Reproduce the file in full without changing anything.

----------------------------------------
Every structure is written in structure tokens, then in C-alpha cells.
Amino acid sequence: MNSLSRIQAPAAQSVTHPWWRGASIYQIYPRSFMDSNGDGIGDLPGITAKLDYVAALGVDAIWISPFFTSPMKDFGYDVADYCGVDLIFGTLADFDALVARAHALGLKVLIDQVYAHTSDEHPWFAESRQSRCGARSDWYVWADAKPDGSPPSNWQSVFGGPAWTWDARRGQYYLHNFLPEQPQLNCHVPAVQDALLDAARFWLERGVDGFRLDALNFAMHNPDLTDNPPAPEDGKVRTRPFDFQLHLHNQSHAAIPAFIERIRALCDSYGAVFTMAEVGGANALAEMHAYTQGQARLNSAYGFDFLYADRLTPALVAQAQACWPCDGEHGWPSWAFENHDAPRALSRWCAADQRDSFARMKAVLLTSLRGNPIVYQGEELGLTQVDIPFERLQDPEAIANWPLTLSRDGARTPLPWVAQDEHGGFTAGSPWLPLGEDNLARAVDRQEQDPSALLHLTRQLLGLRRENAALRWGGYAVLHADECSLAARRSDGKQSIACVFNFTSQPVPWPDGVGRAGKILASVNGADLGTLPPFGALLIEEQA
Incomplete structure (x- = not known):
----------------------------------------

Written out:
Every structure is written in structure tokens, then in C-alpha cells.
Amino acid sequence: MNSLSRIQAPAAQSVTHPWWRGASIYQIYPRSFMDSNGDGIGDLPGITAKLDYVAALGVDAIWISPFFTSPMKDFGYDVADYCGVDLIFGTLADFDALVARAHALGLKVLIDQVYAHTSDEHPWFAESRQSRCGARSDWYVWADAKPDGSPPSNWQSVFGGPAWTWDARRGQYYLHNFLPEQPQLNCHVPAVQDALLDAARFWLERGVDGFRLDALNFAMHNPDLTDNPPAPEDGKVRTRPFDFQLHLHNQSHAAIPAFIERIRALCDSYGAVFTMAEVGGANALAEMHAYTQGQARLNSAYGFDFLYADRLTPALVAQAQACWPCDGEHGWPSWAFENHDAPRALSRWCAADQRDSFARMKAVLLTSLRGNPIVYQGEELGLTQVDIPFERLQDPEAIANWPLTLSRDGARTPLPWVAQDEHGGFTAGSPWLPLGEDNLARAVDRQEQDPSALLHLTRQLLGLRRENAALRWGGYAVLHADECSLAARRSDGKQSIACVFNFTSQPVPWPDGVGRAGKILASVNGADLGTLPPFGALLIEEQA
Incomplete structure (x- = not known):